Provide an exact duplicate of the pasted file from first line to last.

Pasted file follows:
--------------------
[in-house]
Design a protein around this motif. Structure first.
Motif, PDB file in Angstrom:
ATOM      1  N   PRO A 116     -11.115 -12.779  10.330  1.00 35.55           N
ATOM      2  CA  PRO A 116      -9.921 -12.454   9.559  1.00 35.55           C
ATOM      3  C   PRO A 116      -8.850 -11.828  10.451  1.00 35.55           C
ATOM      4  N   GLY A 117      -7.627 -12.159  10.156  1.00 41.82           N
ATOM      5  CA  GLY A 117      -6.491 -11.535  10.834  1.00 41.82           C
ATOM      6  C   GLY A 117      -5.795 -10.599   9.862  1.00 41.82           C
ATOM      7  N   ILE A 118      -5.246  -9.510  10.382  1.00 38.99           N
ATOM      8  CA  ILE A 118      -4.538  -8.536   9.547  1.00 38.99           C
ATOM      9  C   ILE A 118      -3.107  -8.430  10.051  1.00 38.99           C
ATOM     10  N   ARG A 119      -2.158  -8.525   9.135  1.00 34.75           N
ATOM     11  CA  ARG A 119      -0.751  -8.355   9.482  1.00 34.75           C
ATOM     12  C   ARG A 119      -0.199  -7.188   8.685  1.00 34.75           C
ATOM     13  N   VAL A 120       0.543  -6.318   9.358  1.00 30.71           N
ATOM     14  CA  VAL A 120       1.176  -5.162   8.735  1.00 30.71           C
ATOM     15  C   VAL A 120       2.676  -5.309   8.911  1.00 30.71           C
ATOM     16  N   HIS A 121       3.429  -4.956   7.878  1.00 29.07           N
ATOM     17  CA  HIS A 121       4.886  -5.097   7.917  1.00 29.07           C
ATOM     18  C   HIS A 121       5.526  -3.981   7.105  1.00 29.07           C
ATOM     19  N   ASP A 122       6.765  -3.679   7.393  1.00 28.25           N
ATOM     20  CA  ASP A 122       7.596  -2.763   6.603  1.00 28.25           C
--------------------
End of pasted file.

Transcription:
[in-house]
Design a protein around this motif. Structure first.
Motif, PDB file in Angstrom:
ATOM      1  N   PRO A 116     -11.115 -12.779  10.330  1.00 35.55           N
ATOM      2  CA  PRO A 116      -9.921 -12.454   9.559  1.00 35.55           C
ATOM      3  C   PRO A 116      -8.850 -11.828  10.451  1.00 35.55           C
ATOM      4  N   GLY A 117      -7.627 -12.159  10.156  1.00 41.82           N
ATOM      5  CA  GLY A 117      -6.491 -11.535  10.834  1.00 41.82           C
ATOM      6  C   GLY A 117      -5.795 -10.599   9.862  1.00 41.82           C
ATOM      7  N   ILE A 118      -5.246  -9.510  10.382  1.00 38.99           N
ATOM      8  CA  ILE A 118      -4.538  -8.536   9.547  1.00 38.99           C
ATOM      9  C   ILE A 118      -3.107  -8.430  10.051  1.00 38.99           C
ATOM     10  N   ARG A 119      -2.158  -8.525   9.135  1.00 34.75           N
ATOM     11  CA  ARG A 119      -0.751  -8.355   9.482  1.00 34.75           C
ATOM     12  C   ARG A 119      -0.199  -7.188   8.685  1.00 34.75           C
ATOM     13  N   VAL A 120       0.543  -6.318   9.358  1.00 30.71           N
ATOM     14  CA  VAL A 120       1.176  -5.162   8.735  1.00 30.71           C
ATOM     15  C   VAL A 120       2.676  -5.309   8.911  1.00 30.71           C
ATOM     16  N   HIS A 121       3.429  -4.956   7.878  1.00 29.07           N
ATOM     17  CA  HIS A 121       4.886  -5.097   7.917  1.00 29.07           C
ATOM     18  C   HIS A 121       5.526  -3.981   7.105  1.00 29.07           C
ATOM     19  N   ASP A 122       6.765  -3.679   7.393  1.00 28.25           N
ATOM     20  CA  ASP A 122       7.596  -2.763   6.603  1.00 28.25           C